If you’re doing a high-intensity throwing program without adding strength, power, and correcting movement flaws in the weight room, you’re begging for a disaster. Arm care isn’t just managing throwing workload. Being able to recover physically and improve sport-specific skills all comes down to how well one trains in the weight room. Want to know what correlates extremely well with throwing velocity? Strength. Get in the weight room. Want more info on this? I’ll refer you to the experts I trust on twitter that are way better in this arena than myself (Tommy Johnson, Nunzio Signore, Sam Briend, Austin Wasserman, Zach Dechant, and Josh Heenan).

A Proper Warm Up and Recovery Protocol

Often the most overlooked aspects of any throwing program, a proper full-body, as well as arm specific, warmup and recovery routine. When looking at the best players in the world, they all have a pregame and postgame routine to get them prepared for the next task. Whether that’s getting ready to pitch or jumpstarting the recovery process, it’s an important piece of the puzzle that often separates the average from those that advance in this game. Need some help in this area, check these resources out: BR Warmup and WB Warmup


Radar Gun

Any throwing Program is incomplete without a Radar Gun. Not getting regular velocity checkups to see if any progress/regression is occurring. A radar gun is BY FAR the most objective tool in any throwing program. The radar gun is brutally honest with your progress or lack thereof. Having instant feedback to know if a different cue or mechanical thought worked or didn’t is invaluable.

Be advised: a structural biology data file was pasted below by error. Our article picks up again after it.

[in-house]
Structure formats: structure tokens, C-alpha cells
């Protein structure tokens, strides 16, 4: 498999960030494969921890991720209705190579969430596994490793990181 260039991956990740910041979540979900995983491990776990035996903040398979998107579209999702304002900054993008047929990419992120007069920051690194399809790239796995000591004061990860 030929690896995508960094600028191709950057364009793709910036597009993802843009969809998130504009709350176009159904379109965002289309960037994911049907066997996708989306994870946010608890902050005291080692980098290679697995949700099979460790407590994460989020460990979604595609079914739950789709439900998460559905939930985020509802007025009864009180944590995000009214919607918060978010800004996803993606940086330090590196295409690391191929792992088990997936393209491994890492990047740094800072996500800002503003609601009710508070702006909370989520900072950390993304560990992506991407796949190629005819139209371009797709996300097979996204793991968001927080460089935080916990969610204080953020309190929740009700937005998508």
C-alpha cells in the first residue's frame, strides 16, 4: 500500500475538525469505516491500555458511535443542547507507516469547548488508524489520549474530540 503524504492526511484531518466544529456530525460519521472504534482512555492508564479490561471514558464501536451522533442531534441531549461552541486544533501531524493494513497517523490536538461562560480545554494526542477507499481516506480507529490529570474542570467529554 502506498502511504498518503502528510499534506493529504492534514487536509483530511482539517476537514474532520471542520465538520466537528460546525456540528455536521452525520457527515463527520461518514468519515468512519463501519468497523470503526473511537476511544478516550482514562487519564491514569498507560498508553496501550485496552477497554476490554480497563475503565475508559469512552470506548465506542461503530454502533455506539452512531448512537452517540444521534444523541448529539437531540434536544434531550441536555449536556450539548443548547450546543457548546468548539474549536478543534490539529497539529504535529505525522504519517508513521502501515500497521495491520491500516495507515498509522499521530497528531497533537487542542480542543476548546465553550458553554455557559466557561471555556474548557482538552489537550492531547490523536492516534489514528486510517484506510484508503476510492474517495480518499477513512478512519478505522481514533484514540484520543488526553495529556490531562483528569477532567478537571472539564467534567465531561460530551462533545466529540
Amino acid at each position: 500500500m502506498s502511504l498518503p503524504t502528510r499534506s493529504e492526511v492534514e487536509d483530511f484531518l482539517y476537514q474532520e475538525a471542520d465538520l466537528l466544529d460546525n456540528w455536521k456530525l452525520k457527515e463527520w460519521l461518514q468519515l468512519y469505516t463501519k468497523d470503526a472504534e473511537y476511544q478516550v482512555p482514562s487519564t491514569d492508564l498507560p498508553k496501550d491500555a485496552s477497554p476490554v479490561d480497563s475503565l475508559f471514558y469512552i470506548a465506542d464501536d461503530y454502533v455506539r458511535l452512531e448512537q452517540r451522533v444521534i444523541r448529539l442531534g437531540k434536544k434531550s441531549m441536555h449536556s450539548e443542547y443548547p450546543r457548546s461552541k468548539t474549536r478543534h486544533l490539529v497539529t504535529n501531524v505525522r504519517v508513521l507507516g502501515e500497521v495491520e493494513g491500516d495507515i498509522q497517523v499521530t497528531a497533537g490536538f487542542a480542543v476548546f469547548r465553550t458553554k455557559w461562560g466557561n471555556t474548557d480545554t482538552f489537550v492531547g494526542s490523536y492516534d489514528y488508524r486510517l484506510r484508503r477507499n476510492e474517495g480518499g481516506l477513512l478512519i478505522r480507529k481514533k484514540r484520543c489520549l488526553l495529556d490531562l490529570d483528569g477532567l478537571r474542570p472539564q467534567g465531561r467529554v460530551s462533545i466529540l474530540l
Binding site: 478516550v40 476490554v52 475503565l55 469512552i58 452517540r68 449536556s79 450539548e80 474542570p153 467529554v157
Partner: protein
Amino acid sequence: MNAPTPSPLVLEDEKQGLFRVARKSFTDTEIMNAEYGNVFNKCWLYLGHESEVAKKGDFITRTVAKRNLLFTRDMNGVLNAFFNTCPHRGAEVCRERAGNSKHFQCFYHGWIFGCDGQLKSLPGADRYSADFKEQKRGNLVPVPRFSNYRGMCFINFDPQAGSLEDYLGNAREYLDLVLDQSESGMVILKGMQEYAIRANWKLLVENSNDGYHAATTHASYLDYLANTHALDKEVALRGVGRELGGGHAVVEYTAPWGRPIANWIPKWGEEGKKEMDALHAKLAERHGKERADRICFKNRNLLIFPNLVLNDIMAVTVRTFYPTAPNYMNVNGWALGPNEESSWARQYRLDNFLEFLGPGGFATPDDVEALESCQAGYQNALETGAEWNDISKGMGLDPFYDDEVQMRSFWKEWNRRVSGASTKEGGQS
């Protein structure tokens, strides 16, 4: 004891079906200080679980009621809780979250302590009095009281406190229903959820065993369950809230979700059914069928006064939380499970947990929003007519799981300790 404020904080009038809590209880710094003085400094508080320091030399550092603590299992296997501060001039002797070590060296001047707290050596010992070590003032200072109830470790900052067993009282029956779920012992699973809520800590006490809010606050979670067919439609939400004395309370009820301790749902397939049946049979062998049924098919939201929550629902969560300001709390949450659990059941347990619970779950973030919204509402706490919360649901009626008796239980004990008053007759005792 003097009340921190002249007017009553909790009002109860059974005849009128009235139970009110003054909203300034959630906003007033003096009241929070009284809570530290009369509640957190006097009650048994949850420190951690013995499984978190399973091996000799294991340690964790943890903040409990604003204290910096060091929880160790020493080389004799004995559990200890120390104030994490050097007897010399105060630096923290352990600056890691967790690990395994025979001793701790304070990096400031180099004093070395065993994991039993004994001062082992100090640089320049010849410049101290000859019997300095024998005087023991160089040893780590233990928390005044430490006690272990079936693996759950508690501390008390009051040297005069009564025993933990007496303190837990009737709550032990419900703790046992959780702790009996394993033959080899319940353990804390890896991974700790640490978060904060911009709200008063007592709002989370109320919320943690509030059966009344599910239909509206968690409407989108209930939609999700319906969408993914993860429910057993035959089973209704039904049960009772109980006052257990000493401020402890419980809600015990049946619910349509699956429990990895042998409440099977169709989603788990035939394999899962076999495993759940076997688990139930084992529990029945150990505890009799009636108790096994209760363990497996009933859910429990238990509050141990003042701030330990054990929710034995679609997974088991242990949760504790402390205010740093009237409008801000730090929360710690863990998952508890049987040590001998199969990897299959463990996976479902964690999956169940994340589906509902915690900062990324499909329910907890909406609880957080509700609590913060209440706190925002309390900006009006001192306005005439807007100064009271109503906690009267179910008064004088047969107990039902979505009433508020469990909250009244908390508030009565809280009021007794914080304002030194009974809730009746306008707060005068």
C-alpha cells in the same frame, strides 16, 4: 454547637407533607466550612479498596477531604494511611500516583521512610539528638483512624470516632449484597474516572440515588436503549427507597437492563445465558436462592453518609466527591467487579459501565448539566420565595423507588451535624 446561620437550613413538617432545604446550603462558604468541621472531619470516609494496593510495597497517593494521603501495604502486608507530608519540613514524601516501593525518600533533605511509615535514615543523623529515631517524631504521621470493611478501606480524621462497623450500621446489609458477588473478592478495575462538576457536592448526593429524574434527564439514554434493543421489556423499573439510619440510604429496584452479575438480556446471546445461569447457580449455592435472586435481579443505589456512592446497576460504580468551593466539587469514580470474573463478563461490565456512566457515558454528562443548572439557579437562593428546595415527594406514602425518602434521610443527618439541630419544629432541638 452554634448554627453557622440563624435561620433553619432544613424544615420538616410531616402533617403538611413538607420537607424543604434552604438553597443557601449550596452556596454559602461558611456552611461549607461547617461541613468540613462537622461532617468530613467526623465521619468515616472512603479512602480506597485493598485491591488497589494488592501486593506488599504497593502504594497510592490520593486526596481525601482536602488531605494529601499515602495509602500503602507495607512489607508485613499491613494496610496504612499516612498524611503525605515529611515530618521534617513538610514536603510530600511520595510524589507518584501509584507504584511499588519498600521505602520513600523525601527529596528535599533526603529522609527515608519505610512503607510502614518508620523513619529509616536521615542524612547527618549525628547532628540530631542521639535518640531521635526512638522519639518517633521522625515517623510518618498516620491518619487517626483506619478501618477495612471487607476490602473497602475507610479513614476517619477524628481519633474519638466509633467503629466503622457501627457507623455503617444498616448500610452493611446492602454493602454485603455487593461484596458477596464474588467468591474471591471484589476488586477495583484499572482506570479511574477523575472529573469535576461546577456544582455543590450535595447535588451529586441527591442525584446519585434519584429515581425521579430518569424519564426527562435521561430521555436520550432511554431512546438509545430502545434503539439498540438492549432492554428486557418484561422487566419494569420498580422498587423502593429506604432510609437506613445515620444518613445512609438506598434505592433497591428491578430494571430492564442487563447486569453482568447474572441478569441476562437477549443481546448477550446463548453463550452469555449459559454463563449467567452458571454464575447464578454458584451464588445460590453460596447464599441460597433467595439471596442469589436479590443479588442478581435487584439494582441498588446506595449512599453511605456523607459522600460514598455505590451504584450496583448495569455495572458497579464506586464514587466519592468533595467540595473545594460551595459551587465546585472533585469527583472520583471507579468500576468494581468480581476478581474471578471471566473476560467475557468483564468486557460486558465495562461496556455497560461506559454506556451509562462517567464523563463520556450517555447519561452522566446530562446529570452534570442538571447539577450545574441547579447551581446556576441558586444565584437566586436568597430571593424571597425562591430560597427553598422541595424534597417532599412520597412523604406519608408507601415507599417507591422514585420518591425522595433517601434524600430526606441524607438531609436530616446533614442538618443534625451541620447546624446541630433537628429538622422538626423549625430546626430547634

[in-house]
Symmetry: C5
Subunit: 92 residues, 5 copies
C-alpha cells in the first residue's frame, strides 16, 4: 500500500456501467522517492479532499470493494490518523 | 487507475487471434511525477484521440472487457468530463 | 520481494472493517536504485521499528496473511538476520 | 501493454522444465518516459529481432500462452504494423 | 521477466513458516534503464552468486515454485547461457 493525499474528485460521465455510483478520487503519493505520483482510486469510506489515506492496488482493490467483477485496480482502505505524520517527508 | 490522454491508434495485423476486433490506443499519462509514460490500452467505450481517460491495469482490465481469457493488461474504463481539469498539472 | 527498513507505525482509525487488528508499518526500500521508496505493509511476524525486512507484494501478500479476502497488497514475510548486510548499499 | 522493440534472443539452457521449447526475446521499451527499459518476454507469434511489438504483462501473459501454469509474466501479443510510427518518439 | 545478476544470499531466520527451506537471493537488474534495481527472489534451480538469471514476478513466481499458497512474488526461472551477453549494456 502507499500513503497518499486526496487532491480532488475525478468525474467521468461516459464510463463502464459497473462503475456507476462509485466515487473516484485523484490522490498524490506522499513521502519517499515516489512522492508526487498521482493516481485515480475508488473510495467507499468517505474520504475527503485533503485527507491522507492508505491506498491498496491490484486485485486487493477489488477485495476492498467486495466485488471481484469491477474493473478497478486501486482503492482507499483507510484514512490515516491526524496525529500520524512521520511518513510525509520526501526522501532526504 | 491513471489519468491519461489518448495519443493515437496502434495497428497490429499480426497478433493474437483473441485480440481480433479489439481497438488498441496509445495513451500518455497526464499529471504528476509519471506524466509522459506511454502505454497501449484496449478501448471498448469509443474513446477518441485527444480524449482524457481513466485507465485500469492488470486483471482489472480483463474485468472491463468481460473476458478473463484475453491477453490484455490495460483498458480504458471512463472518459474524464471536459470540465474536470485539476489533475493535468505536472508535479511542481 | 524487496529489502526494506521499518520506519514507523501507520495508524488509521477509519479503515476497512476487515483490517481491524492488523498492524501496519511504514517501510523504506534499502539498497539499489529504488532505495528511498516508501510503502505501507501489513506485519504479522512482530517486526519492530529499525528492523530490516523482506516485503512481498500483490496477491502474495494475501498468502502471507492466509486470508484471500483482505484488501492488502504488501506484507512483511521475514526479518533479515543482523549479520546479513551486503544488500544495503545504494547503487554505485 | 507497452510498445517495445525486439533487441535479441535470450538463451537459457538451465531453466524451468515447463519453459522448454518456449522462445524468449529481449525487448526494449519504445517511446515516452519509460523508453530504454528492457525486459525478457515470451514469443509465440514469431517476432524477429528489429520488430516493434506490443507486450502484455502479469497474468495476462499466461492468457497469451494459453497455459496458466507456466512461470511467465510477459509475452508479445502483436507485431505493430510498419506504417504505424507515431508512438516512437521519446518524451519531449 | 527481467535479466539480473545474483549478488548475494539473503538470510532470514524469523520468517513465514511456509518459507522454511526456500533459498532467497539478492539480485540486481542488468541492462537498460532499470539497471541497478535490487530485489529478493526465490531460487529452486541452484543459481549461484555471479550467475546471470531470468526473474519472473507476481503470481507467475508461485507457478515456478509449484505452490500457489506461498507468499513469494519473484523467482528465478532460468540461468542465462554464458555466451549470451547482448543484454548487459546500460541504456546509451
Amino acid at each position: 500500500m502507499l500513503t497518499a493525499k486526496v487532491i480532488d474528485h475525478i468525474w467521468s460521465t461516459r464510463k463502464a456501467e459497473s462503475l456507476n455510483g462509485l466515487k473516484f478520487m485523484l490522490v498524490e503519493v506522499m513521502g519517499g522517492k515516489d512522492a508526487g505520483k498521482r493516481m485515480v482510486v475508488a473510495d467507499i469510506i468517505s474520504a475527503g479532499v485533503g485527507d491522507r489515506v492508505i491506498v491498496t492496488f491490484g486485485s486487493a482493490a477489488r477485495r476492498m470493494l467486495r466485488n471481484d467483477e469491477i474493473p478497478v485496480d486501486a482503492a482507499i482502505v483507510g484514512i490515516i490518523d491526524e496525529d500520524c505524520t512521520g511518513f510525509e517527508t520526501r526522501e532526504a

Client Education and Culture

Lastly, any throwing program should include the clients learning about the task. That doesn’t mean every athlete needs to understand the throwing motion as well as the best coaches in the world, but they do need to understand what makes them successful and how/what to adjust to get themselves back on track when failure inevitably occurs. A pitching coach’s ultimate job is to no longer be needed. A great college pitching coach once told me his ultimate goal is to be able to sit in a lawn chair at practice because all of his pitchers know what they need to do and how to get better. That being said, this works best in an environment where everyone wants to work their tail off to get better. A great program doesn’t mean much if you aren’t training in the right environment. If the other people you’re working with aren’t rooting for you to succeed, you’re at the wrong place. Being in a (healthy) competitive training culture is what really makes a program great. I’m willing to wager at least 70% of facilities and organizations have most, if not all, of what I previously discussed. But what separates the good from the great? The training environment.


Thank you for reading this far. I hope you learned something. Did I miss something? Do you disagree with my list? Let me know!

Be sure to follow me on twitter and Instagram at @PitchMechanics and feel free to reach out with any questions! Video analysis and remote programming are available, if interested. Email with any questions!

Leave a Reply

Your email address will not be published. Required fields are marked *